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This article addresses various practical aspects of commercial leases.

We will summarize good practices to adopt on the following topics:

  • the offer to lease,
  • premises and additional rent,
  • insolvency and bankruptcy of a tenant, and
  • tools to guarantee the performance of a tenant’s obligations.

The Offer to Lease

The offer can take the form of a very basic document that is one or two pages long, or a more elaborate one that can be comprised of several pages.

It usually provides that the tenant agrees to sign the landlord’s “long form” standard lease. If the long form is never signed and the offer to lease provides for all the essential elements of a lease (space, rent and duration), it may be considered as a valid lease that binds the parties. It should be noted that the courts have ruled that a tenant was justified in refusing to sign a long form lease that added obligations and where (i) the draft was not attached to the offer, and (ii) the offer did not mention that additional obligations would be incorporated into the long form lease.

Premises and Additional Rent

The landlord’s obligation to provide peaceful enjoyment includes the delivery of the leased premises in good condition and in accordance with the measurements provided in the lease.

In fulfilling its obligations, a good practice for the landlord would be to stipulate, in the lease, that the tenant acknowledges having received the leased premises in good condition, or, depending on the circumstances, that the tenant accepts the leased premises on an “as is where is” basis.

It is also important for the landlord and/or the tenant to obtain a certificate of measurement. This certificate will avoid potential disputes for a reduction or an increase in rent if the leased area differs from that indicated in the lease.

The additional rent commonly represents the tenant’s proportionate share of immovable maintenance expenses, insurance and taxes. The “proportionate share” is usually linked to the “rentable area”. The landlord should pay particular attention to the qualification of “rentable area”, since it will be difficult to change this qualification without opposition from the tenant after the commencement of the term of the lease.

Occasionally, it happens that the additional rent increases significantly from the initial estimate provided for in the lease. Unless there is a miscalculation or negligence on the part of the landlord in calculating the estimates, the tenant in a net lease will have to bear the increase. It is important, and would be a good practice, for the landlord to keep all notes and calculations used in order to establish the initial estimate. With respect to common costs, a tenant may negotiate a cap on its proportionate share.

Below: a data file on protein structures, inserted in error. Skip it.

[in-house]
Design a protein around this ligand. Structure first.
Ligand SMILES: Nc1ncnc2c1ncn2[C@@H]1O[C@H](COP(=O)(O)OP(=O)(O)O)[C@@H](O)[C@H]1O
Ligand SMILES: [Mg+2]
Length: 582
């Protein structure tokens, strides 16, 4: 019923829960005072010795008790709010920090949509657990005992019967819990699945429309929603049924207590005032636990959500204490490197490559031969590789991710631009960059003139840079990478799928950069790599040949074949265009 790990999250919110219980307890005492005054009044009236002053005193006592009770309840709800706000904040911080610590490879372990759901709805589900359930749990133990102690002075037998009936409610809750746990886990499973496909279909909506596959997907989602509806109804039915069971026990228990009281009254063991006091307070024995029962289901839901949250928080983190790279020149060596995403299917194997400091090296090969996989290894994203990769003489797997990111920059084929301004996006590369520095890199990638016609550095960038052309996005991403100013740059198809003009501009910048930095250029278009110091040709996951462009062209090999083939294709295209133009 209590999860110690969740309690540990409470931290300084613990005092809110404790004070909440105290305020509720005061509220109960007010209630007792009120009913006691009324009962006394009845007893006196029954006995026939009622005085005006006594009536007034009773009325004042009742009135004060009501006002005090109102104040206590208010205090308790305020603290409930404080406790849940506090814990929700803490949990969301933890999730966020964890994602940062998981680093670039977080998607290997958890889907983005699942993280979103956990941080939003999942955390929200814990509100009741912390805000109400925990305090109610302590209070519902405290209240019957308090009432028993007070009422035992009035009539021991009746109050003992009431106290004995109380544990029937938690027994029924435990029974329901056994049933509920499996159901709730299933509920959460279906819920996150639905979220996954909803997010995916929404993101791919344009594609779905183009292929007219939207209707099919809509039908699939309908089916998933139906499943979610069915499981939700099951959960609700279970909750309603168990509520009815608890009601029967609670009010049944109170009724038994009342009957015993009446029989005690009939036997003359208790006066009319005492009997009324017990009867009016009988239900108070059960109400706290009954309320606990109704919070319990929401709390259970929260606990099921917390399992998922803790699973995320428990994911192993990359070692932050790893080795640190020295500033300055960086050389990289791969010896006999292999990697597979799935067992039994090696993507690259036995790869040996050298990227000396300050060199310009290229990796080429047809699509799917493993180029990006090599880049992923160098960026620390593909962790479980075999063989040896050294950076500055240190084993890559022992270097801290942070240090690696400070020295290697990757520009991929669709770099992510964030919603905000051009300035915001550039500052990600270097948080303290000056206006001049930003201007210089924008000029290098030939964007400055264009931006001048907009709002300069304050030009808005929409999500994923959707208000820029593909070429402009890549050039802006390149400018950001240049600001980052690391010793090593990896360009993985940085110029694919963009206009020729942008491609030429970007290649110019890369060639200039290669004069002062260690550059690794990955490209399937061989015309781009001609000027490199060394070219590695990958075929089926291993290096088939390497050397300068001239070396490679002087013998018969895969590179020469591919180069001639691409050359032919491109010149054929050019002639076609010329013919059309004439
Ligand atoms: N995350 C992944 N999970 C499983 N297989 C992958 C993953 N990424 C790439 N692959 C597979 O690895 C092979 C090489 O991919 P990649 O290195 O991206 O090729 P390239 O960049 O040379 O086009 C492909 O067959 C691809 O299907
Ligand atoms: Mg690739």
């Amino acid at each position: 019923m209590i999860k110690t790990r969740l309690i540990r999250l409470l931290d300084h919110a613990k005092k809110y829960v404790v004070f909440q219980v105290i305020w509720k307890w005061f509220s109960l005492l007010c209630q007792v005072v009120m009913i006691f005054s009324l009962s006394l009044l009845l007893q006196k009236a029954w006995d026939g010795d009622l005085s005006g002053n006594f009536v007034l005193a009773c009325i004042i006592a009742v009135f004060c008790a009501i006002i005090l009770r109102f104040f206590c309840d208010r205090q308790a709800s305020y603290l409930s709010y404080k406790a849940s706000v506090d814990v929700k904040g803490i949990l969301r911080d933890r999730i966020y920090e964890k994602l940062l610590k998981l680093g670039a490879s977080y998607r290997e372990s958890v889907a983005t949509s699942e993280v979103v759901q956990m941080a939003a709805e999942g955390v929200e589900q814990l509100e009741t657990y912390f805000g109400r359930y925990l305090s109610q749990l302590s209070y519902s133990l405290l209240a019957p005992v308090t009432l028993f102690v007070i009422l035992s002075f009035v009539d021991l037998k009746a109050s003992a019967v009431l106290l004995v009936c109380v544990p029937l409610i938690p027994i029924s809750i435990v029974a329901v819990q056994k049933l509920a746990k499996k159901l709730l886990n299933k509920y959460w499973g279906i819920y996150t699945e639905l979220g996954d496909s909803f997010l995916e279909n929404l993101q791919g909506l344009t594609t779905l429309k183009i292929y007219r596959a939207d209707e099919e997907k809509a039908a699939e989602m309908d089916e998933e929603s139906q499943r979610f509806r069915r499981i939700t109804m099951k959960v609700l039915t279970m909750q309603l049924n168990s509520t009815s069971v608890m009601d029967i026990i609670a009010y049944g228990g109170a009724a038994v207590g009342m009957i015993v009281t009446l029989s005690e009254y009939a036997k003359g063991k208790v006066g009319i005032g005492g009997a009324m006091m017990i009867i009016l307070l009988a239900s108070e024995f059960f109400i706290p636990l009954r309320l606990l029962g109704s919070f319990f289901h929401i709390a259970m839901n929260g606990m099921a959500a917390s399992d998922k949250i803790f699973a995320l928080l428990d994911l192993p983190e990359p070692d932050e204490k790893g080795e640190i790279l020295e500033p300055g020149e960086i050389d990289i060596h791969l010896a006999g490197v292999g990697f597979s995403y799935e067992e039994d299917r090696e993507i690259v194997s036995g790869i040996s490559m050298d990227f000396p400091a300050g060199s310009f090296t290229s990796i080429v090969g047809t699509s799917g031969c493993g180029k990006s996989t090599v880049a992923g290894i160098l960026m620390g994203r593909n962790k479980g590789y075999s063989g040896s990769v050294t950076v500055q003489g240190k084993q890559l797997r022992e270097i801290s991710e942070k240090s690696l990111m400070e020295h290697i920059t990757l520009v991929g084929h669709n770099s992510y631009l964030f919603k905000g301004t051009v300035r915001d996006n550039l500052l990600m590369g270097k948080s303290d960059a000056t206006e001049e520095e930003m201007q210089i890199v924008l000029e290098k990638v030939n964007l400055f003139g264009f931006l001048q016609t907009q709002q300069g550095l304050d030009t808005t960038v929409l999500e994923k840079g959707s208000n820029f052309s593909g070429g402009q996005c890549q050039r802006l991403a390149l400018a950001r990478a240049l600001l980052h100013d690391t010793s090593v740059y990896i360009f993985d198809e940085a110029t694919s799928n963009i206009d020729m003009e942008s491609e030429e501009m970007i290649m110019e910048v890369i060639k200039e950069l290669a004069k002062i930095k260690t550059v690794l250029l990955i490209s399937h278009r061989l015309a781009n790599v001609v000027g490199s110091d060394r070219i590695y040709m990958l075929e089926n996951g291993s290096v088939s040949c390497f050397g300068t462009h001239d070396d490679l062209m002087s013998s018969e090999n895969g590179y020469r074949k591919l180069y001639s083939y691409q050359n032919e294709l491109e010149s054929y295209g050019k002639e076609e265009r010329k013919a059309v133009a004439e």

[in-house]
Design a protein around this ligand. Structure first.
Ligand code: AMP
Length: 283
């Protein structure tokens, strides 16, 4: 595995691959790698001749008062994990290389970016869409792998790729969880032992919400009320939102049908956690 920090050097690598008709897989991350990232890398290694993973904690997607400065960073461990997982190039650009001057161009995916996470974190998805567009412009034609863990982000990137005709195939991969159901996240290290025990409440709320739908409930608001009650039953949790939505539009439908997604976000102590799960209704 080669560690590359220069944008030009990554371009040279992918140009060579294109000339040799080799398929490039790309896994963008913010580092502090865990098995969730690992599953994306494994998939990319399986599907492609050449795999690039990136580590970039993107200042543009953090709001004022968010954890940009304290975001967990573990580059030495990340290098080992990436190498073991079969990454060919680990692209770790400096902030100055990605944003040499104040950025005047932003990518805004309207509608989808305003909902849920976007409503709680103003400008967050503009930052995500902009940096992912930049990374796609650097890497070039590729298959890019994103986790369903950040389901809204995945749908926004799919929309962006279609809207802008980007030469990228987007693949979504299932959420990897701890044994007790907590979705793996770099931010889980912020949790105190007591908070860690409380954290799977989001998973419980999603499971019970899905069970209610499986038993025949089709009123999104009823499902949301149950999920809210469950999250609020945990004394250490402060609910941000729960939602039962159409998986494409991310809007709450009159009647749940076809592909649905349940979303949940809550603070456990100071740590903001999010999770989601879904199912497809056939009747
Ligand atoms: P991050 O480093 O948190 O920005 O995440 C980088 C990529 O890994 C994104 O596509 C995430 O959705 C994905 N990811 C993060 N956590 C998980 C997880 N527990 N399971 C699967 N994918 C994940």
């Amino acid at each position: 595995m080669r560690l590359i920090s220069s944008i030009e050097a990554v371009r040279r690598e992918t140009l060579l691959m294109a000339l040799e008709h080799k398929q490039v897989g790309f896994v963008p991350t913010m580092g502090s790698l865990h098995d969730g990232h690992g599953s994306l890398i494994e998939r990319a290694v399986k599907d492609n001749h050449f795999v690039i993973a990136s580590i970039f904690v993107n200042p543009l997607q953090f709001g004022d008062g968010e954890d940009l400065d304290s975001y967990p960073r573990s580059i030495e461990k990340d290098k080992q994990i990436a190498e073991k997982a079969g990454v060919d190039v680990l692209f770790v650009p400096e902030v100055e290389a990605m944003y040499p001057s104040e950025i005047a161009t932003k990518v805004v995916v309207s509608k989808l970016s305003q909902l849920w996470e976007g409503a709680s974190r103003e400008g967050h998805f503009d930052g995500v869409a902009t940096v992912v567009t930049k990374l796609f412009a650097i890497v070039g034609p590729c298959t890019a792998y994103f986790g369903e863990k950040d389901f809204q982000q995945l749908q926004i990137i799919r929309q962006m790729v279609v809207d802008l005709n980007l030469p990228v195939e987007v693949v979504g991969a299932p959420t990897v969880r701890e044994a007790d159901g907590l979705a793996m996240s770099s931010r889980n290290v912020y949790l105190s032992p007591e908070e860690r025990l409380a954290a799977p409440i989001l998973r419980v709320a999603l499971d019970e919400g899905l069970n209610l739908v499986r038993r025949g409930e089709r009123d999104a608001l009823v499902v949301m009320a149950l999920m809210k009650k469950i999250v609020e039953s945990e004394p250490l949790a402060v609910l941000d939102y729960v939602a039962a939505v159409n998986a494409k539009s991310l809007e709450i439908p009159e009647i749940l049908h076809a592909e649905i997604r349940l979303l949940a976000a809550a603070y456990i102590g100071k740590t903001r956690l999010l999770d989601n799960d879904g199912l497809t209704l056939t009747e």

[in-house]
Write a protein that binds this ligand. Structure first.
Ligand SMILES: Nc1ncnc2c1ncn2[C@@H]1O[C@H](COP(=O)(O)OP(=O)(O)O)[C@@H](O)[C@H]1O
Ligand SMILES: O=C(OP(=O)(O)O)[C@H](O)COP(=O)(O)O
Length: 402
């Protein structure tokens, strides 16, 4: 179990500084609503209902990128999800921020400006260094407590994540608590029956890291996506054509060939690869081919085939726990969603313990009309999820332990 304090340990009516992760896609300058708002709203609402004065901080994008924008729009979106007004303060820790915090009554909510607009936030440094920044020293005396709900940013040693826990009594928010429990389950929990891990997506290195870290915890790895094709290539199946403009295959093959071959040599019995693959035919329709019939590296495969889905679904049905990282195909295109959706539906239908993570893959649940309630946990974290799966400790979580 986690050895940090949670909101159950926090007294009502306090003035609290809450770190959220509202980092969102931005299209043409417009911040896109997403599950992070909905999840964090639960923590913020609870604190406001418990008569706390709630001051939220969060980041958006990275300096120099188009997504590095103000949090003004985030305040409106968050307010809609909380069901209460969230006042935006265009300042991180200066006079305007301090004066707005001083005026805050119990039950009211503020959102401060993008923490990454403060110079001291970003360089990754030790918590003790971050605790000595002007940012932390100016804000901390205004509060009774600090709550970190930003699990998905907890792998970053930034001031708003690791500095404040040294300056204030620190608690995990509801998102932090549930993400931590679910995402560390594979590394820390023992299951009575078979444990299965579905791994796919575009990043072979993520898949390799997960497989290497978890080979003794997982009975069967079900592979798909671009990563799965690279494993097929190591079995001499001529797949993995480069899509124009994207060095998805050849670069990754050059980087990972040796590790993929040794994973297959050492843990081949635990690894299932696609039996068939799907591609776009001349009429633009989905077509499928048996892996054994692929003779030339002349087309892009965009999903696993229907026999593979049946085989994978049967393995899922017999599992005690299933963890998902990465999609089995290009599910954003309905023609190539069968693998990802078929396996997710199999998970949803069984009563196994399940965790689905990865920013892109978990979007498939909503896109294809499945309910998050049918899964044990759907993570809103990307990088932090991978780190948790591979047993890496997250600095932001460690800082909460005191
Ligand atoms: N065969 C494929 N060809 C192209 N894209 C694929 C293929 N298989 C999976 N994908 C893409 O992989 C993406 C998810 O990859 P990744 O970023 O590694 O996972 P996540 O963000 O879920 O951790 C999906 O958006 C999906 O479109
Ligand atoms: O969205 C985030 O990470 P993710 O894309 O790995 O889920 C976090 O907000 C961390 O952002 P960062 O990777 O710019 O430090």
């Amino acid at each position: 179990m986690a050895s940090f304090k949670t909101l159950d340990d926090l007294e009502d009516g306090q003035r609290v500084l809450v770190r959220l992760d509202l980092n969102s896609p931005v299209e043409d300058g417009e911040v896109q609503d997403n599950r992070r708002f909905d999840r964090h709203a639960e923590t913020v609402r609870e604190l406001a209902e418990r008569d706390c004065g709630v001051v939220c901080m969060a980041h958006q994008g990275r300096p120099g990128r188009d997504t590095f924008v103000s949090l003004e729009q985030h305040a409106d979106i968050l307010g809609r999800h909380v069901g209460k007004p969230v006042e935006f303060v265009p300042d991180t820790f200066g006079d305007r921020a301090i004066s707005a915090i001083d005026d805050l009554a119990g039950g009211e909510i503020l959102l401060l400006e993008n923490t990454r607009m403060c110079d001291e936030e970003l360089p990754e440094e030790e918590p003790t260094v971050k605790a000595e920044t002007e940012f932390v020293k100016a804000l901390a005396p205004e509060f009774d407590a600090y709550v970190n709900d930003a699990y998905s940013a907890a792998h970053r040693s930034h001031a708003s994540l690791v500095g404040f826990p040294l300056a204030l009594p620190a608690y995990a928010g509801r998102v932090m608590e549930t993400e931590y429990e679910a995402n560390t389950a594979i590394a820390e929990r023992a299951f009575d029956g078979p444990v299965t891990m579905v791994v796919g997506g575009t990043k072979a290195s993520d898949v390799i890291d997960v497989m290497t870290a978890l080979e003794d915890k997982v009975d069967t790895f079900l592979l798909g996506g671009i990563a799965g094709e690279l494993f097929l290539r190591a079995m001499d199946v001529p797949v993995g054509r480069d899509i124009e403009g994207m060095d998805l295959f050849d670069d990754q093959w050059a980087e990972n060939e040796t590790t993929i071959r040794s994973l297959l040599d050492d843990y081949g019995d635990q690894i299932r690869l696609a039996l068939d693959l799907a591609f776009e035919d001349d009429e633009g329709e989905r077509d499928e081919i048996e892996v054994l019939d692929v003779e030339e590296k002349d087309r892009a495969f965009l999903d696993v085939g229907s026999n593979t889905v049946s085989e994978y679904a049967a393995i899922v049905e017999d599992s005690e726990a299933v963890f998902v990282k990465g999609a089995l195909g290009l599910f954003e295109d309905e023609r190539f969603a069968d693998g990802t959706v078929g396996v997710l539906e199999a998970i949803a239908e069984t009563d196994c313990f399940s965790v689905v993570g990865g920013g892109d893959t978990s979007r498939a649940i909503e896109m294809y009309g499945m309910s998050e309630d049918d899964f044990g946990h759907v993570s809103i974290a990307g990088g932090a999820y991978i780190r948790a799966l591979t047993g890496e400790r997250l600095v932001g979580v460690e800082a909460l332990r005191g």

Insolvency and bankruptcy of a tenant

In the case of a notice of intention to make a proposal, the tenant must still pay the rent. In case of default, the landlord may oppose an extension of delay to submit a proposal or request an interruption of that period.

The tenant may terminate its lease at any time between the filing of a notice of intention and the filing of the proposal (including the day of the filing of the proposal), by giving written notice to the landlord. The landlord then has a 15-day period to obtain a declaration of inapplicability from the Court. The Court cannot issue such a declaration if it is satisfied that the insolvent tenant would not be able to make a viable proposal without the resiliation of the lease.

In a bankruptcy, the hypothec granted to the landlord on the tenant’s assets is null and void, the reason being that the Bankruptcy and Insolvency Act (BIA) gives the landlord a priority of claim (section 136 (1) (f) BIA).

Clauses of cancellation of the lease in case of bankruptcy have been recognized by the Québec courts. In the absence of termination of the lease, the trustee may occupy the premises without paying rent until the first meeting of creditors. If it occupies after the first meeting, the trustee may be held personally liable for payment of the rent.

Tools to guarantee the performance of the tenant’s obligations

As we have seen, the hypothec on a tenant’s assets is of no effect in the case of bankruptcy.

In practice, the parties commonly use a suretyship to guarantee the performance of a tenant’s obligations. This is a very useful tool as long as the landlord confirms the solvency of the guarantor, and that the guarantor remains responsible for the obligations of the lessee for the whole term of the lease.

The deposit (sometimes referred to as “security deposit” or “prepaid rent”) is also often used to ensure the payment of the rent. The proper wording of the security deposit clause is essential in order to determine the rights to the amount remitted to the landlord. A deposit considered as a pledge or a movable hypothec with delivery shall not be enforceable against the trustee in the event of bankruptcy, while a non-refundable deposit effectively constitutes prepaid rent, upon payment becomes the property of the landlord and is opposable to the trustee.

The best tool to guarantee the fulfillment of the obligations of a tenant is undoubtedly the irrevocable letter of credit. This is a stand-alone contract and, other than in case of fraud, the financial institution must fulfill its obligation to pay in the event of a tenant’s default.

As such, good commercial lease practices are influenced as much by the interactions between landlords and tenants, as by developments in case law.

1 Shawi-Pharma inc. c. Crombie Property Holdings Limited, 2017 QCCA 1675